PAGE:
of 2015. >> let's give them a helicopter right. >> reporter: he turned his helicopter into a fairground ride. now avenatti says he's the only one who can compete on trump's level. >> the approach will not work. i think we tried that in 2016. >> reporter: and they were drawn to his message. >> when they go low, we go higher. the higher stuff. >> we need more harder stuff. >> you're damn right. >> probably i would vote for -- >> i'm going with avenatti. >> avenatti. >> i would lean that way. >> reporter: towards avenatti? >> yes. >> we do need a fighter. >> can i make a difference for you? >> i actually thought that before i came, i watched him on tv on different things. >> reporter: you think he can beat donald trump? >> easily. can you imagine trump debating him? that wouldn't be a fair fight at all. >> it doesn't matter how much experience you have or what you policy positions are.
if you can't beat them, you don't have any business being the nominee. >> reporter: vaugh hillyard, des moines, iowa. >> all right, alicia, we turn to you on this one. let's put the man aside for a moment and talk about the idea the democrats have to be able to punch back against donald trump to have a shot to beat him. >> i think the real question is what lesson will america have learned from donald trump's presidency is the lesson that the only way someone can become elected president of the united states is to have a platform and celebrity or is the lesson that you have no governmental experience, no diplomatic experience, that there is a steep learning curve going into what many would consider the most important job in the world and that that ought to be criteria for judgment as people go to the polls. >> donald trump has so stretched the realm of political possibility in this country that three year s ago, if you'd saida porn star's lawyer wants to be president, you would have been laughed out of the room. now they're saying they'll give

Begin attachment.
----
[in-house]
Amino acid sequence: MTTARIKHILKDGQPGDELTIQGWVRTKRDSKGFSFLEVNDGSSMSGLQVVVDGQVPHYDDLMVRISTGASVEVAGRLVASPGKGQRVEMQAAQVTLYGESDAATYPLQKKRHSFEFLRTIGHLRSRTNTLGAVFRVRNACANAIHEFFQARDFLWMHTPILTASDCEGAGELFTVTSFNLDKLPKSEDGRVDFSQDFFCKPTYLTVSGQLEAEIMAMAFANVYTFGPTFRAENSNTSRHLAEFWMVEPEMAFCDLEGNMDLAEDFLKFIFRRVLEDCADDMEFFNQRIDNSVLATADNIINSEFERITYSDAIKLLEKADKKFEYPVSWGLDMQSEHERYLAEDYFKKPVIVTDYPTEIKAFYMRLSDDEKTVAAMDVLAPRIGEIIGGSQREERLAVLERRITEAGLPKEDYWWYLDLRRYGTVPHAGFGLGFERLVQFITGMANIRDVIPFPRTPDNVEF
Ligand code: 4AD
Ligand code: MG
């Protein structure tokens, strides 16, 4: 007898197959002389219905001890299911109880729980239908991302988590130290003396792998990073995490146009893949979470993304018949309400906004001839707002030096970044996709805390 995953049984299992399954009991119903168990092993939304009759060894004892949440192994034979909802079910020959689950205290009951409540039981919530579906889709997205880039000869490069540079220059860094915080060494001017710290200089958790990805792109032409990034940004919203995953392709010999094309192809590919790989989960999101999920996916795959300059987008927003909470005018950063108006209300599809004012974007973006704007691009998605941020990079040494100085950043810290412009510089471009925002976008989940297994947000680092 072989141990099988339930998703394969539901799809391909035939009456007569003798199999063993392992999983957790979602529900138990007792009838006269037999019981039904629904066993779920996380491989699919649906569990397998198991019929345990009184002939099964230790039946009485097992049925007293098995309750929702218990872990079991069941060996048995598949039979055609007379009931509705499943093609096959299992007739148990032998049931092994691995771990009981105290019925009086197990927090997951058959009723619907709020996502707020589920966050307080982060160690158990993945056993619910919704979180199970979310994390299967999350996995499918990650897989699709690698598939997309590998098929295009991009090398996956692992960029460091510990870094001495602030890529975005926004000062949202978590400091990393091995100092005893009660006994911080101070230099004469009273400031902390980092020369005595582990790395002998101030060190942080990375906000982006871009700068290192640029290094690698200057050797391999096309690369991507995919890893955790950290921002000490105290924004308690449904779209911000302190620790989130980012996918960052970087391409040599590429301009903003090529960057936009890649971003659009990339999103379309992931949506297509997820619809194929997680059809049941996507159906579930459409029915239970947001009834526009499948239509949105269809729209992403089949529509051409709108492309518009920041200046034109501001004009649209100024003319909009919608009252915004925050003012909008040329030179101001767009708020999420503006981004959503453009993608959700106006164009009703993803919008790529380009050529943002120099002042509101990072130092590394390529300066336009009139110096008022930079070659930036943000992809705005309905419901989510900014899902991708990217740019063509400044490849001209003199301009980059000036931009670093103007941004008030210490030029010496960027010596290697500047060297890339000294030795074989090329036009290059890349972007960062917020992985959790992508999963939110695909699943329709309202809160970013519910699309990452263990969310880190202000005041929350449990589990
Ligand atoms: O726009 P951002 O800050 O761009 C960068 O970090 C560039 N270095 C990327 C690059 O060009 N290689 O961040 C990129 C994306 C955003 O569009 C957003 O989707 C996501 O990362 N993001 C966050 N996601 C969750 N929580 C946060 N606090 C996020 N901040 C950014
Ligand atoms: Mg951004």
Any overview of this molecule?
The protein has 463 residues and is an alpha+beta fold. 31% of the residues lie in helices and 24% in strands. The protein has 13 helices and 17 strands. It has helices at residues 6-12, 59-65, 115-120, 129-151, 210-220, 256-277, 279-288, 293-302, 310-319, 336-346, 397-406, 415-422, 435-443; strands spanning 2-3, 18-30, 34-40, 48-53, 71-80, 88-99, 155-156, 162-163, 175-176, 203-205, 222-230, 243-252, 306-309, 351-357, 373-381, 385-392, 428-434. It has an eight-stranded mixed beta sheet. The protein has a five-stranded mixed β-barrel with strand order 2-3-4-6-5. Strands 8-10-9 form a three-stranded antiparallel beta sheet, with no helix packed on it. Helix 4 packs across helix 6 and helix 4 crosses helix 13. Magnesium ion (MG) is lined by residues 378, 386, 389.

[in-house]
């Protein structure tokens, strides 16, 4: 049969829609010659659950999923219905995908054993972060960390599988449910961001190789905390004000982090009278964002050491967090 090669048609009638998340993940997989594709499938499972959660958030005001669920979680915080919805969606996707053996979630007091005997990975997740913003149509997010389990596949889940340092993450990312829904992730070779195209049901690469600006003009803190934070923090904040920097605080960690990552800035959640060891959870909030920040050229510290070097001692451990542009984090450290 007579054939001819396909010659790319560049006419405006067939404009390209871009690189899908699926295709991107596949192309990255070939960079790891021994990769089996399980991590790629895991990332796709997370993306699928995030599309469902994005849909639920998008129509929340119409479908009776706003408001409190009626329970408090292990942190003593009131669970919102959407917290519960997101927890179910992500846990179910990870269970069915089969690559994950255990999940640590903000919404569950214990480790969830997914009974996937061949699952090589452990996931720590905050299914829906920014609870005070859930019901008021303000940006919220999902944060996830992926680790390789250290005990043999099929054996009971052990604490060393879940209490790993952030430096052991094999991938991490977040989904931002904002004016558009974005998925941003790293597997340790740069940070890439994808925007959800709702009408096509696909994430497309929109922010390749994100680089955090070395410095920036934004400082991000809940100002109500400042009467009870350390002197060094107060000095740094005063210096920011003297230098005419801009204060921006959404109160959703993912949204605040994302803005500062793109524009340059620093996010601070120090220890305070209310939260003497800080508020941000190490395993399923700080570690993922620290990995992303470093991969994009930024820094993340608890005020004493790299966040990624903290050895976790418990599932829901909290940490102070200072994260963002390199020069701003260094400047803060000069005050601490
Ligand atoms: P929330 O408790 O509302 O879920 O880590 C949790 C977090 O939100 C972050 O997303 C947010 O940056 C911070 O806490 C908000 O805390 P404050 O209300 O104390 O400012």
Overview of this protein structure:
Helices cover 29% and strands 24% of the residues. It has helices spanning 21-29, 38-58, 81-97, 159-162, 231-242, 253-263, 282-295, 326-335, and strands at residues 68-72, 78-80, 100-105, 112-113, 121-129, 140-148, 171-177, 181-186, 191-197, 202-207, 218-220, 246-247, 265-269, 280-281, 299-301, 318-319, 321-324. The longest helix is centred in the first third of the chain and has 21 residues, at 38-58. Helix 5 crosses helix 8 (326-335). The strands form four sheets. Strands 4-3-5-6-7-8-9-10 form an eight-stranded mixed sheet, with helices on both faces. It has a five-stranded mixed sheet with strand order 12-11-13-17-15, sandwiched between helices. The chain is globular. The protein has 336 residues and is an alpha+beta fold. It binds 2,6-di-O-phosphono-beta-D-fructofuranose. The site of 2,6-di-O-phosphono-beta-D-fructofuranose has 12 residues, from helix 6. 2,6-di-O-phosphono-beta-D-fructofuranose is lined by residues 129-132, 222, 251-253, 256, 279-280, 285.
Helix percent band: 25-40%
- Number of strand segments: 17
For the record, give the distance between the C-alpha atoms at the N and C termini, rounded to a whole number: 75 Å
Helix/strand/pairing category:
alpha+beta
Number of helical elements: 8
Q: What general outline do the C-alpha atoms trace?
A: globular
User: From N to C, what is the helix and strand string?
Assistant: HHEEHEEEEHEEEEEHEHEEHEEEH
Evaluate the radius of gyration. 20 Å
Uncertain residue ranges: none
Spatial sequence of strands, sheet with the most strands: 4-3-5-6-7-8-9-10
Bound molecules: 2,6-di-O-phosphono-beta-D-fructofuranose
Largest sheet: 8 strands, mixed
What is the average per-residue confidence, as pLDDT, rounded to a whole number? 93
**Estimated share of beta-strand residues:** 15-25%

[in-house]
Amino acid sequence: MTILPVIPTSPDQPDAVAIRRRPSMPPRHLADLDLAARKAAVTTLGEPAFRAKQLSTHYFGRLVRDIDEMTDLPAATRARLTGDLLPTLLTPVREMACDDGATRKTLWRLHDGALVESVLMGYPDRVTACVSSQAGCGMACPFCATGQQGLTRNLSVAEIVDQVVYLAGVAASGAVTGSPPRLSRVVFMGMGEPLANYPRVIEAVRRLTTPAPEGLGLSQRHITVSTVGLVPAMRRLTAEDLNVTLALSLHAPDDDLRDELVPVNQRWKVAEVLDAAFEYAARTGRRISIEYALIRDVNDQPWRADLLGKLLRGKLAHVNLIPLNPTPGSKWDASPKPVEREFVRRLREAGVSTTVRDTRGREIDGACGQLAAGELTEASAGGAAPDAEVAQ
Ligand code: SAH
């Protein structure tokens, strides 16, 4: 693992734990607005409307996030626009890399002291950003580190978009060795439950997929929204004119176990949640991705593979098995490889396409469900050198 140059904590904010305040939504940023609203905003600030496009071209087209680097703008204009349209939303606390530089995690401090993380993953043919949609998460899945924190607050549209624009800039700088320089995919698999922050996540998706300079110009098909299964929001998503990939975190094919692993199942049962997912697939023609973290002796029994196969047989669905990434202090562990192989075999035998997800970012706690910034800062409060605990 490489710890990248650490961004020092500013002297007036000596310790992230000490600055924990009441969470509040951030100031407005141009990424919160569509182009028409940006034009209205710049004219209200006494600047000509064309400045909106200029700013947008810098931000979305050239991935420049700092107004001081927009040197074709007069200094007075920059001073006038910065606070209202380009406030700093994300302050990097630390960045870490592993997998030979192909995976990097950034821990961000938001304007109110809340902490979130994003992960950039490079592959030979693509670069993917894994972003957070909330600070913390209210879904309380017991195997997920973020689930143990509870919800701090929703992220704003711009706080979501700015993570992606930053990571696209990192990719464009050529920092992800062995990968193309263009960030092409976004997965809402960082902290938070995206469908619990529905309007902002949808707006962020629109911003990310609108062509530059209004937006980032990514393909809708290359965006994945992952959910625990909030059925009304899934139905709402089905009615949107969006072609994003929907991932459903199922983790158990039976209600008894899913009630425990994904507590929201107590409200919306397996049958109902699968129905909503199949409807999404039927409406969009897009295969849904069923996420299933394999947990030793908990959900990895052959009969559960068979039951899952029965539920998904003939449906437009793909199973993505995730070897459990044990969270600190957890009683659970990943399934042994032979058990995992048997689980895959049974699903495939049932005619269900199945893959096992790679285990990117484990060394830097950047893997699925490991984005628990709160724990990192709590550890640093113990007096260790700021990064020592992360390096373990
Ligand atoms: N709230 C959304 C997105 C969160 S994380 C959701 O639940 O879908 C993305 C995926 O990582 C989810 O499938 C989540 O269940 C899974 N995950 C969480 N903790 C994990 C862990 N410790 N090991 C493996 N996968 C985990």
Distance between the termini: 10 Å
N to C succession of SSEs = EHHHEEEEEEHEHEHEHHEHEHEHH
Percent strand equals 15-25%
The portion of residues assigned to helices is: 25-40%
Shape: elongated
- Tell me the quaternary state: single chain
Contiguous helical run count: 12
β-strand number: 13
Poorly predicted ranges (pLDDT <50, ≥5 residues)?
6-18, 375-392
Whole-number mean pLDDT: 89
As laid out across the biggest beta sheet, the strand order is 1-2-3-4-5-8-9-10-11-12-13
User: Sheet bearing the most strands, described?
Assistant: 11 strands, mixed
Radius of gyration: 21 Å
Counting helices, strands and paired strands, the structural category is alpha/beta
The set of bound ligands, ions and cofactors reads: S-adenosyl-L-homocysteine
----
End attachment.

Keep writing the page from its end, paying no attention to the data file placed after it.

him a look. >> i think avenatti proves that the current crop of democratic candidates got to learn how to be more aggressive and how to fight donald trump. and convince voters they can beat him on a debate stage and also at the polls. willie, avenatti said something that all americans should run from. the quote, it doesn't matter how much experience you have. it does. we have got to get past this idea. republicans and democrats alike. whether you're talking about donald trump or whether you're talking about barack obama who did not have experience in washington, d.c. before he came to washington. we've got to find people that actually know how to do this. we wouldn't even select a dentist that had never operated -- had never, like, drilled for a cavity, a filling. why would we elect the president of the united states with no
experience? we've got to get past this mind-set that they have to be from the outside. we need somebody who actually knows how to make washington work. and not a lawyer and not a reality tv show that's never had experience there. >> those two things i would say, joe, not mutually exclusive. that's going to do it for us this morning. thank you all for being here. we'll see you back here tomorrow morning. stephanie ruhle picks up our coverage right now. >> thank you so much, willie. good morning, everyone. we start today with breaking news. london police are now launching a terror investigation after a car goes full speed into a barrier just outside of parliament. >> there was another car, like, behind him. it looks like it was planned. >> the best. remember that line? it was from first lady melania trump. well, president trump, he's escalating his attacks on former white house aide omarosa. calling her a